The subject of bedding is a controversial one among backyard chicken keepers. Personally, I use sand in the summer - it keeps the flies down amazingly well and the chickens love to dust bathe in it! I prefer the deep litter method for the cold Italian winters.
Your choice based on your own circumstances. But whichever you use, it's time to freshen it up.
8. Whatever bedding you use, get in a new supply. Clear old bedding out of the coop completely.
10. If you're getting rid of summer sand, you'll find it does not compost down. Use it on your vegetable patch to provide better drainage.
11. While the coop is empty, check for draughts. Your chickens should have a good supply of air for ventilation above the roosts, but no cold draughts at or below roosting level.
12. Check the coop is watertight and fix any leaks. Moisture plus cold air can lead to respiratory problems and frostbite.
As we move closer towards winter, food becomes more scarce for many predators. Foxes, coyotes, hawks, and in Europe the weasel family including pine martens - they'll all come calling for some easy meat.
And that "easy meat" is your chickens.
At the same time, rodents start to look for somewhere warm to nest in the cold weather, and where better than a nice, weatherproof chicken coop with a ready supply of grain?
So use this month to make sure your coop is as predator- and pest-proof as it can be.
13. Check your coop's doors and windows to make sure they're secure. Raccoons can lift latches and have been known to pick locks!
14. Make sure hardware cloth over windows and fencing around the run has no breaches. If there are any holes, no matter how small - replace now. Rats and snakes can get in through tiny holes.
15. The best way to stop predators digging is to have your perimeter fence buried a couple of feet underground, with a border of chicken wire laid in an "L" shape at the bottom.
16. Invest in an automatic feeder like this one (links to my review) to keep grain off the ground and securely stowed away from rodents' noses. A rat can smell grain miles away.
This month, plan how you will keep your flock topped up with clean, fresh water during the coming winter.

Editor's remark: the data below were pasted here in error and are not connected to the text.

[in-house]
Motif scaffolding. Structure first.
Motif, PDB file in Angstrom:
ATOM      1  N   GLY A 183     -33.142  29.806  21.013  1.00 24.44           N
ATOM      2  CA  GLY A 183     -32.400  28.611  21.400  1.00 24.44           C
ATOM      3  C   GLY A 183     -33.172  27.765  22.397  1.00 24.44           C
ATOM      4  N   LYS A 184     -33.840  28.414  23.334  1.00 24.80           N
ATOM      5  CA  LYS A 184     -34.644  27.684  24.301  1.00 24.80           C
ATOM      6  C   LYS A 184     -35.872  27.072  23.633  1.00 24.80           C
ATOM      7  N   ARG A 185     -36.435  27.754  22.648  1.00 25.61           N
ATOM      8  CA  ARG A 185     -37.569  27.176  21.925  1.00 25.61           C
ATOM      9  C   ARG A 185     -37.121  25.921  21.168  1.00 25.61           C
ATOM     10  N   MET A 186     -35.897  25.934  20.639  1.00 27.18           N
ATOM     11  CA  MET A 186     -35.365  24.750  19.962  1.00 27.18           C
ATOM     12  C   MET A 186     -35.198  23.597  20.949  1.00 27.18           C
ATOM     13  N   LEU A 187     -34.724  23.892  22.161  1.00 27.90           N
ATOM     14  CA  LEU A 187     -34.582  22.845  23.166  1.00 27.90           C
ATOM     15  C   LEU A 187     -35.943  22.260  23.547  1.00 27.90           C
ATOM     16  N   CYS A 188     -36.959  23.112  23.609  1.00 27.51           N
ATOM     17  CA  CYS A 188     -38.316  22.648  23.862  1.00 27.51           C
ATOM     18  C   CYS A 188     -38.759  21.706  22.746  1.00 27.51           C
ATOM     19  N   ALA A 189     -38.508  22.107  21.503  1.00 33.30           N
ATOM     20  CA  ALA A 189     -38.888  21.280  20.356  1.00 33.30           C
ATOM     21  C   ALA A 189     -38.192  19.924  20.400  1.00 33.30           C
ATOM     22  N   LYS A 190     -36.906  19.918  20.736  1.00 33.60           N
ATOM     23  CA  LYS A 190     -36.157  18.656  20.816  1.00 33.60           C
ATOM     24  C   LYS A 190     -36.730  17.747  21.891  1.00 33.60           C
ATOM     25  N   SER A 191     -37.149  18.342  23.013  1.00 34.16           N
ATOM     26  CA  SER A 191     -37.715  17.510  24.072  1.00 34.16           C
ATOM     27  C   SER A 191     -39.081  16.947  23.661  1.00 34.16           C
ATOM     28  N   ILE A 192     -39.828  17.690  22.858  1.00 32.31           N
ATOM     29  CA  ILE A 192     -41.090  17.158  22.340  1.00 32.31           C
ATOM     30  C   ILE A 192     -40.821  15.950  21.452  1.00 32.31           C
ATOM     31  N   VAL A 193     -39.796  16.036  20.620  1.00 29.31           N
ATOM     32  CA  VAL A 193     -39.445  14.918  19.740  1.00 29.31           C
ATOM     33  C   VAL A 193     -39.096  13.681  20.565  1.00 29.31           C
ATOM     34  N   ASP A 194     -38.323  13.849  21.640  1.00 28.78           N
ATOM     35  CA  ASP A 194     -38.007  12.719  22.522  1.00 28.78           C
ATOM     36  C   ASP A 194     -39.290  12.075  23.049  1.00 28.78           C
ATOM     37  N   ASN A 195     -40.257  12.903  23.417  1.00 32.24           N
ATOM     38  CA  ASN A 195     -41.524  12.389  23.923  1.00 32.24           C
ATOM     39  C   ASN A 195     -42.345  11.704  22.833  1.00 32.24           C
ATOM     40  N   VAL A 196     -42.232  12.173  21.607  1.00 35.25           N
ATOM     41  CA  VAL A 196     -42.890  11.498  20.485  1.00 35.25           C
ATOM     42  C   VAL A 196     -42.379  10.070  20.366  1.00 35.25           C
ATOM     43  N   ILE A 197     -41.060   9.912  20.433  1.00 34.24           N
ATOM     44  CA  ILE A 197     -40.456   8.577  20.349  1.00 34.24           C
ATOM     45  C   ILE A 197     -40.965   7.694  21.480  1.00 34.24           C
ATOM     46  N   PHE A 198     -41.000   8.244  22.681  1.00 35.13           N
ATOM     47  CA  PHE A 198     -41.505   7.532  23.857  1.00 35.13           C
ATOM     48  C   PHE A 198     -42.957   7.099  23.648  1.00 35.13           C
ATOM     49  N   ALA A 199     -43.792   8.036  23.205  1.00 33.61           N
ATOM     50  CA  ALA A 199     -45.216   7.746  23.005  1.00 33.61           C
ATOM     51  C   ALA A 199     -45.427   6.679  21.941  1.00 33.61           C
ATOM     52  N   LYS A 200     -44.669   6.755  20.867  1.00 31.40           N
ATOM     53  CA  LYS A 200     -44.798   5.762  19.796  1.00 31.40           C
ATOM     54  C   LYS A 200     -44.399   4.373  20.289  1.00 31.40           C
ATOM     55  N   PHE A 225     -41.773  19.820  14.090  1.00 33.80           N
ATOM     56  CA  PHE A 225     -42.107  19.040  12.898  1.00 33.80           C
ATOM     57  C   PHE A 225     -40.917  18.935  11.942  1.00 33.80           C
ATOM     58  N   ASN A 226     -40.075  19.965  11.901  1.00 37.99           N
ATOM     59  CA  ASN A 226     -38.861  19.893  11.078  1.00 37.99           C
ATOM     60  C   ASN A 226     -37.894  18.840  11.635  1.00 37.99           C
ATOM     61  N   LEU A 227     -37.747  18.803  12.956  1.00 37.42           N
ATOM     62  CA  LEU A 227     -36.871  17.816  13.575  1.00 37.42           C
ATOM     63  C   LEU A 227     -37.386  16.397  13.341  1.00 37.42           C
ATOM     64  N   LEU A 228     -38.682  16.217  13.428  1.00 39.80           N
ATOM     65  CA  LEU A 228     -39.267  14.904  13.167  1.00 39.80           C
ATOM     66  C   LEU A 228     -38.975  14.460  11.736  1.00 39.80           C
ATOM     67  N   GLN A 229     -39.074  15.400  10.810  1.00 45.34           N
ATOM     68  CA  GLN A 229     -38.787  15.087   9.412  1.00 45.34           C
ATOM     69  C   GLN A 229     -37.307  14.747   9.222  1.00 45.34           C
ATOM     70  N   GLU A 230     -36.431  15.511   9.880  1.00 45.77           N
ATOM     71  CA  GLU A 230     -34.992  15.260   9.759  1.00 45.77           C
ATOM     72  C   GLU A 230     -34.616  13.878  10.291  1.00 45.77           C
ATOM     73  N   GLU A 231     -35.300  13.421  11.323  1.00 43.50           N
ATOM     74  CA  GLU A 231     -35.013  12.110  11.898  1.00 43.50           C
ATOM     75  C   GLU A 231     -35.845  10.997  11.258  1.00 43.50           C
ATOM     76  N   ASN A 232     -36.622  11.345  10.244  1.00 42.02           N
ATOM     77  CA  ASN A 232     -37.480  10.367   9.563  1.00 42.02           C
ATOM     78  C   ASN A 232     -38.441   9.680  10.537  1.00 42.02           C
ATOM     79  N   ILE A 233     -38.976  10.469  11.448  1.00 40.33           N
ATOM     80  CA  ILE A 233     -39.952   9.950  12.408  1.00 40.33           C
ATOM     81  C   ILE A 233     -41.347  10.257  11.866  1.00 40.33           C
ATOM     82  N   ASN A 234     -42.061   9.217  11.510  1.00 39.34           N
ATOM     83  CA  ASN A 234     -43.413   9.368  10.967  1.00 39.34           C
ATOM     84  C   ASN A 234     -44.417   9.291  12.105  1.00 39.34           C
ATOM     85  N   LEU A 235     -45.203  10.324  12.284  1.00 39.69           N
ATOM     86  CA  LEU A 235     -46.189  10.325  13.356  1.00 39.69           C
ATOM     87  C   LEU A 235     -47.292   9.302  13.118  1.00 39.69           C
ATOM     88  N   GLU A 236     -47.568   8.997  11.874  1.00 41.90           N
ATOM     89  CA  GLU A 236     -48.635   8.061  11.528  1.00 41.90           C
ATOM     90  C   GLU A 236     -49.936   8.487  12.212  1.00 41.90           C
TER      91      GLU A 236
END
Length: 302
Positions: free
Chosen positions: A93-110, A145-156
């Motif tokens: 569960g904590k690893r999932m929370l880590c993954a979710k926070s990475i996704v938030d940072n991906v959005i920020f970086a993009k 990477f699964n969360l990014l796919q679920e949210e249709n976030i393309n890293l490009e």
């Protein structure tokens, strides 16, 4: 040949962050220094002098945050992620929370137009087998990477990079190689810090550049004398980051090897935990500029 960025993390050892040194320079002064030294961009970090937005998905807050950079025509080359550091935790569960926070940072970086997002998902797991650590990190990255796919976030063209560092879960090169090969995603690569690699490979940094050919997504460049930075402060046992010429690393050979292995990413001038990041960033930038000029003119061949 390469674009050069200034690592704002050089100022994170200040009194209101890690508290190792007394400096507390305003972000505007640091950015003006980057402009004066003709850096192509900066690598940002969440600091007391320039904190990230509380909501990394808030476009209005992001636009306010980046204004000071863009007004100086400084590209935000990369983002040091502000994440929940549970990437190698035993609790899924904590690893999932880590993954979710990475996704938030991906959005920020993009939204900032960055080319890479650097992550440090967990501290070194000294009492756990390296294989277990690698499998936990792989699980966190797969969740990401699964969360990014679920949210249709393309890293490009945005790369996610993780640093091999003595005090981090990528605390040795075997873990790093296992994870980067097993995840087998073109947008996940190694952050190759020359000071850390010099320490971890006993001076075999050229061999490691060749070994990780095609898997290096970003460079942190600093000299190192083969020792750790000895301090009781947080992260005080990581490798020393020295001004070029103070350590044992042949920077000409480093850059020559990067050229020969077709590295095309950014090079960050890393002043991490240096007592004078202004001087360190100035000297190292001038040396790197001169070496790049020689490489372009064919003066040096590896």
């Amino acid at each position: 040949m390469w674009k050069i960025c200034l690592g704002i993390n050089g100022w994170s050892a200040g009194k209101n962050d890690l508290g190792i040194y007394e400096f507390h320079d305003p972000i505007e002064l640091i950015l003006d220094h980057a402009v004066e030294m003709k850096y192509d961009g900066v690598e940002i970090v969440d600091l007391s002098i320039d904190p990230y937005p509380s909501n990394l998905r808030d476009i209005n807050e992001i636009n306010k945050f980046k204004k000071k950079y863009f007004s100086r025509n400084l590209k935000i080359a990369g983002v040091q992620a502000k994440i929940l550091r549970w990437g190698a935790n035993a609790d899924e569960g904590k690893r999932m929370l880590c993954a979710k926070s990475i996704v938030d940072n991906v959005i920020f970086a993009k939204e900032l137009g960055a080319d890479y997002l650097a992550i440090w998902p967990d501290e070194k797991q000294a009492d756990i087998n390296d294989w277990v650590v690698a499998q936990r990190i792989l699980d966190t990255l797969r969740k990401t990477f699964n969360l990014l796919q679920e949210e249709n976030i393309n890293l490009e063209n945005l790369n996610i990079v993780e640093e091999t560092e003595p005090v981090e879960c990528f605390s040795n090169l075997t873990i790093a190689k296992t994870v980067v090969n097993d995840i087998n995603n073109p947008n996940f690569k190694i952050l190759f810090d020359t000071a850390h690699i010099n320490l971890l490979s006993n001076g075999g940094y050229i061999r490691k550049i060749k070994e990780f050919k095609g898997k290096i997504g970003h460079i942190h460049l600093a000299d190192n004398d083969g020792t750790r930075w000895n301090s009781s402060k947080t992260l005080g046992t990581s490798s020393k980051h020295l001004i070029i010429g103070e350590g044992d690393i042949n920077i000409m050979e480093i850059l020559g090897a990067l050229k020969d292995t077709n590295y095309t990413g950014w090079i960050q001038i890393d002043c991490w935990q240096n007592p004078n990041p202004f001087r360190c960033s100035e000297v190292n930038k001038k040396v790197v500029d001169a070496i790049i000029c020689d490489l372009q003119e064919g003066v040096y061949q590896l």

Chickens can go without food for a couple of days without any detrimental effects. But they cannot live without water.
If you're in an area where the water is likely to freeze this winter, now is the time to start planning to do something about it. Don't leave it until the dishes are frozen over.
This will partly depend on your individual circumstances.
17. If you have no choice but to fill waterers manually, make sure you have an efficient way of doing it. Insulate stand-pipes and use lightweight hosepipe - but take it in at night.
18. Use a large (as large as possible) food grade plastic tub and stand it on bricks so it's off the ground. Cover it at night to help prevent it freezing over when the temperature drops - or take it inside.
I use a horse feed tub like this one.
It will take longer to freeze, and if there is ice it's likely to be only a thin layer, easily broken. You may have to provide other bricks as steps if your chickens can't reach.
19. Use an electric plate to heat your metal waterer (don't try it with rubber of plastic waterers!).
I choose not to have electricity in my coop because of the danger of fire, so I haven't used this myself. But people who have, find it's quite an effective way of keeping waterers ice-free.
20. Finally, make sure you spend some time with your chickens this month. It's likely to be the last time it will be anything like warm enough to hang out in the coop or run with them, but it can be - literally - a life-saver.
Listen out for signs of bronchial problems. Watch eyes for signs of running or swelling. If it's already very cold in your area, keep a close eye on combs for indications of frostbite - there's more information about it on this page.